Updated May 9 at 8:16 p.m.
A federal judge Monday struck down the boundaries of Boston’s latest voting map, siding with critics who argued that race was improperly considered above other factors during the map making process.
The ruling comes as potential candidates for the City Council pull paperwork and collect signatures in hopes of appearing on the ballot.
In a statement Tuesday, a spokesperson for Boston Mayor Michelle Wu said the administration is reviewing options to: extend filing deadlines, address changes to district boundaries and treat nomination papers that have already been submitted.
"The City will seek to extend timelines for filing nomination papers and otherwise modify processes to ensure that potential candidates for the office of District City Council have an opportunity to run despite any unexpected changes as district lines are redrawn. Potential candidates should continue to file nomination papers at the Boston Elections Department," said spokesperson Ricardo Patrón.
"The City is committed to a speedy and smooth resolution to redistricting and to a clear and transparent election process."
The now-barred map, approved by a majority of councilors last fall, made the bulk of its changes to boundaries that define who votes in Dorchester and South Boston, two sections of the city long considered strongholds of white political power.
In one particularly contentious move, the council removed a section of white, high-turnout voters from one Dorchester voting district into another, majority Black one.
Attorneys for the defendants, including the City Council, claimed the move was made to both strengthen the opportunity for voters of color to elect their preferred candidates and avoid a potential Voting Rights Act violation by keeping too many Black voters in one district.
“After a review of the record, I find that Plaintiffs have met their burden of proving a likelihood of success on their claim that a majority of Councilors relied on race as the predominant consideration in drawing the boundaries between Districts 3 and 4,” Judge Patti B. Saris said referencing the contentious movement of voters.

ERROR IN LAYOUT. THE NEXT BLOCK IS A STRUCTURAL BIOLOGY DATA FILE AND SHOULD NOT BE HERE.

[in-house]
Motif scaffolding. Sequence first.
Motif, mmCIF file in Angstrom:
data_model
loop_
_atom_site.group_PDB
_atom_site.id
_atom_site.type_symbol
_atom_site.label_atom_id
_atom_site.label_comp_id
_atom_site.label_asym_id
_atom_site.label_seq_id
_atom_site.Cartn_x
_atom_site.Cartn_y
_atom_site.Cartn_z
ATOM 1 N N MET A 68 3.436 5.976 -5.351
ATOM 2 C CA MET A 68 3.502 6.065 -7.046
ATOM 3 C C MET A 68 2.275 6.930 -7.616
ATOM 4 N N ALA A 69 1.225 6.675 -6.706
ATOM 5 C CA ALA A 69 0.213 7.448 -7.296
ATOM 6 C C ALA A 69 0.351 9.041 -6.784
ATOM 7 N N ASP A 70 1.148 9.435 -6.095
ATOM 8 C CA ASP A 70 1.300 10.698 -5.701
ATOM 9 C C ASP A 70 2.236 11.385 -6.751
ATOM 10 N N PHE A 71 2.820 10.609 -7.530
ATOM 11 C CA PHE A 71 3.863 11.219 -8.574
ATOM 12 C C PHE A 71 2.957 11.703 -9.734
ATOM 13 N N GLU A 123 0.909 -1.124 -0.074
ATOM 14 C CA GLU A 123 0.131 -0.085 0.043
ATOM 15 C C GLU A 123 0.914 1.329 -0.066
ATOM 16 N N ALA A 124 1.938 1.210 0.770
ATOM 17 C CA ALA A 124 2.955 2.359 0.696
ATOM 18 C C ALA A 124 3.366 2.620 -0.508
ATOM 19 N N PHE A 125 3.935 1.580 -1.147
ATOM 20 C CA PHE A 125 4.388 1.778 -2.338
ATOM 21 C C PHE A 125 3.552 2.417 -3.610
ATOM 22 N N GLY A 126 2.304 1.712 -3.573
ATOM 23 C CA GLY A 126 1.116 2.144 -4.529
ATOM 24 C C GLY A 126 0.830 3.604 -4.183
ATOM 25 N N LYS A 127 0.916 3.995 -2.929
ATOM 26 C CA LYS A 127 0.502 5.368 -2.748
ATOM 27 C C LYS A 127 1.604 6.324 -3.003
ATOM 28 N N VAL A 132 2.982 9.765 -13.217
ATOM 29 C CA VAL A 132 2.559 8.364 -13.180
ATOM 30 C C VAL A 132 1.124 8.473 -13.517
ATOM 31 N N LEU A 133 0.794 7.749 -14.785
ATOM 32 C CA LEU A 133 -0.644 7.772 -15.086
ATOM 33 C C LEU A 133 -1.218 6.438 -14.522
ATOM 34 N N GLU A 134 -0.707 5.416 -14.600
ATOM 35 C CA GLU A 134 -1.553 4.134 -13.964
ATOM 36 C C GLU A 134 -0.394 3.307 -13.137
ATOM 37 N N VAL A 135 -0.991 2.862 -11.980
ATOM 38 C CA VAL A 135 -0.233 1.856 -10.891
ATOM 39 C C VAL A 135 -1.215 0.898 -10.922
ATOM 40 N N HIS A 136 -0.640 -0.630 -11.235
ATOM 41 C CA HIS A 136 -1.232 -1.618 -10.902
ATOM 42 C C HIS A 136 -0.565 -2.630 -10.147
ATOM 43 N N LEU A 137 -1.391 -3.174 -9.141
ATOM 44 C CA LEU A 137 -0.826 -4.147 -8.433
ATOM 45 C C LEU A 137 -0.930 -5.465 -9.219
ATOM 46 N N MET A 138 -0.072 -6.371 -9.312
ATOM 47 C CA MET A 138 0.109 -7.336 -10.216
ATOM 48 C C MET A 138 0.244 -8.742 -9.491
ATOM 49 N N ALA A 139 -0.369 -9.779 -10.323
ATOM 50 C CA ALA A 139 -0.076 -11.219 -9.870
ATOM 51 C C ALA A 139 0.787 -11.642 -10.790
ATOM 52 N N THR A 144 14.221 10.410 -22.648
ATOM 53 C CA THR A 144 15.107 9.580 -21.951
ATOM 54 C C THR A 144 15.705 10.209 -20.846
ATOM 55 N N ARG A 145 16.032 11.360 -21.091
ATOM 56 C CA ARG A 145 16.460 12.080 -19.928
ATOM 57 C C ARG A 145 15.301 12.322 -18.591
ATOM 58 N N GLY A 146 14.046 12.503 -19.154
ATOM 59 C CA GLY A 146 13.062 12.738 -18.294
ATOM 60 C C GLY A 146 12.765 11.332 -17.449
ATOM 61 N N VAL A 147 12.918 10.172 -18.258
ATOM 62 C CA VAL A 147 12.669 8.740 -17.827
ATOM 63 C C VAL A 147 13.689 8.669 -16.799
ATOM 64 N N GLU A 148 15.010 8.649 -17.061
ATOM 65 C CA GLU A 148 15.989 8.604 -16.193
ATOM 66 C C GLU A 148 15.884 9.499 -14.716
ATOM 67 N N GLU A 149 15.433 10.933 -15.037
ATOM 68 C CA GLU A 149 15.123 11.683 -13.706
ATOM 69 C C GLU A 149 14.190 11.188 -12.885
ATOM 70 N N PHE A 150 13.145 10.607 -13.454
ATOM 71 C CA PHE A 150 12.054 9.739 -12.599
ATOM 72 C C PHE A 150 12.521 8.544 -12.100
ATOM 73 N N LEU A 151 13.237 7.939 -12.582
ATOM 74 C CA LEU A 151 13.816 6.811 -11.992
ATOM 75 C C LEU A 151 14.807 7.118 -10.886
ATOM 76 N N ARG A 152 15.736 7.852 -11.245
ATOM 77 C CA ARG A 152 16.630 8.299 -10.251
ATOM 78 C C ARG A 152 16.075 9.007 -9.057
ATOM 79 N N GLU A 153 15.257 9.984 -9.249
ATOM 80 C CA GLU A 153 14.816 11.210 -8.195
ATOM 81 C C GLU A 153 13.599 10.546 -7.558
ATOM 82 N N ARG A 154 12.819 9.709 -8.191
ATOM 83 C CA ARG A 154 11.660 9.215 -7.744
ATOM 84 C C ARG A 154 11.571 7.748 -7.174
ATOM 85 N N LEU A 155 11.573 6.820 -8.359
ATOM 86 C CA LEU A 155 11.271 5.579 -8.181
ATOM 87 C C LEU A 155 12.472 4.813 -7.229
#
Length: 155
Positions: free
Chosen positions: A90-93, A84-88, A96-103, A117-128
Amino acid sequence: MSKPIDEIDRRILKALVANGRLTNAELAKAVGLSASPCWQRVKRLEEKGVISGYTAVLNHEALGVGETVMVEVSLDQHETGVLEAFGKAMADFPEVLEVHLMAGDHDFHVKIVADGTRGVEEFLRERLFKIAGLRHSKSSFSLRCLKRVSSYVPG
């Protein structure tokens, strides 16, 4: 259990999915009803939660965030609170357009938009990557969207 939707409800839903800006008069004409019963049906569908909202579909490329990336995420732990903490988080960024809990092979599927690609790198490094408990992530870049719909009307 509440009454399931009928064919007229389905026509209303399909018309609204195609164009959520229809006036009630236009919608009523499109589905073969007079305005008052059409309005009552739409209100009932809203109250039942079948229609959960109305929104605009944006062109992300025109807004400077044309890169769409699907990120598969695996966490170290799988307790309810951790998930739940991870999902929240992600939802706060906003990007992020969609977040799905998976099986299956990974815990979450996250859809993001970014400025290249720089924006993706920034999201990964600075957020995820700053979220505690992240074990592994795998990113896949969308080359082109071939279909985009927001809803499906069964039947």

In her 43-page ruling, Saris went on to say that the City Council “acted in good faith in trying to comply with complex voting rights laws and “is best positioned” to lead a second attempt to redraw lines of the cities nine voting districts according to new population counts from the latest U.S. Census.
Despite that good faith, the judge found that the council subordinated race-neutral principles, like compactness, contiguity and respect for existing communities of interest, to racial considerations. According to the legal standards that guide map evaluation, racial considerations can only predominate the process when the map-making body can prove that its race-based sorting is narrowly tailored to serve a compelling interest.
“Because the City Council has failed to produce a ‘strong basis in evidence’ of a VRA violation to justify” the banned map’s redrawn district boundaries, Saris wrote, “it cannot demonstrate that the enacted map was narrowly tailored to serve a compelling interest.”
Glen Hannington, one of three attorneys for those challenging the map, praised the decision.
“I think it holds all elected officials accountable, you just can’t be doing things against the Constitution,” he said.
“We felt going in that we had the evidence…through the City Council’s own videos of the meetings and the things that they were saying really using race as the issue, primarily. It was very flagrant.”
Two who opposed the maps publicly declared the ruling a triumph.
“Judge Saris’ ruling today is a victory for transparency, accountability and the people of the City of Boston,” said At-Large Councilor Erin Murphy. “The United States District Court identified a deeply flawed process, and I welcome the opportunity to join my colleagues in rewriting more equitable voting districts that protect our constituents’ Constitutional rights.”
Councilor Frank Baker, who represents District 3 where white voters were removed from under the now-banned map, said in a statement the decision supported his “long-held belief that [the banned map] unfairly robbed District 3 and the citizens of Boston of its voice and was designed to weaken its position in Boston politics. Gerrymandering is gerrymandering – whether in pursuit of progressive or conservative goals.”
Council President Ed Flynn, who last year called for an independent panel to draw new voting boundaries, said in a statement it is critical that the council “put our differences aside, come together, and do what’s best for the people of Boston by delivering positive leadership and focusing on long-standing redistricting principles."
Flynn’s office did not respond to a request for comment about renewing calls for an independent redistricting panel.
Updated: An earlier version of this story identified At-Large Councilor Erin Murphy as a freshman. She was seated as an at-large councilor in December 2021 to finish the term vacated by Mayor Michelle Wu.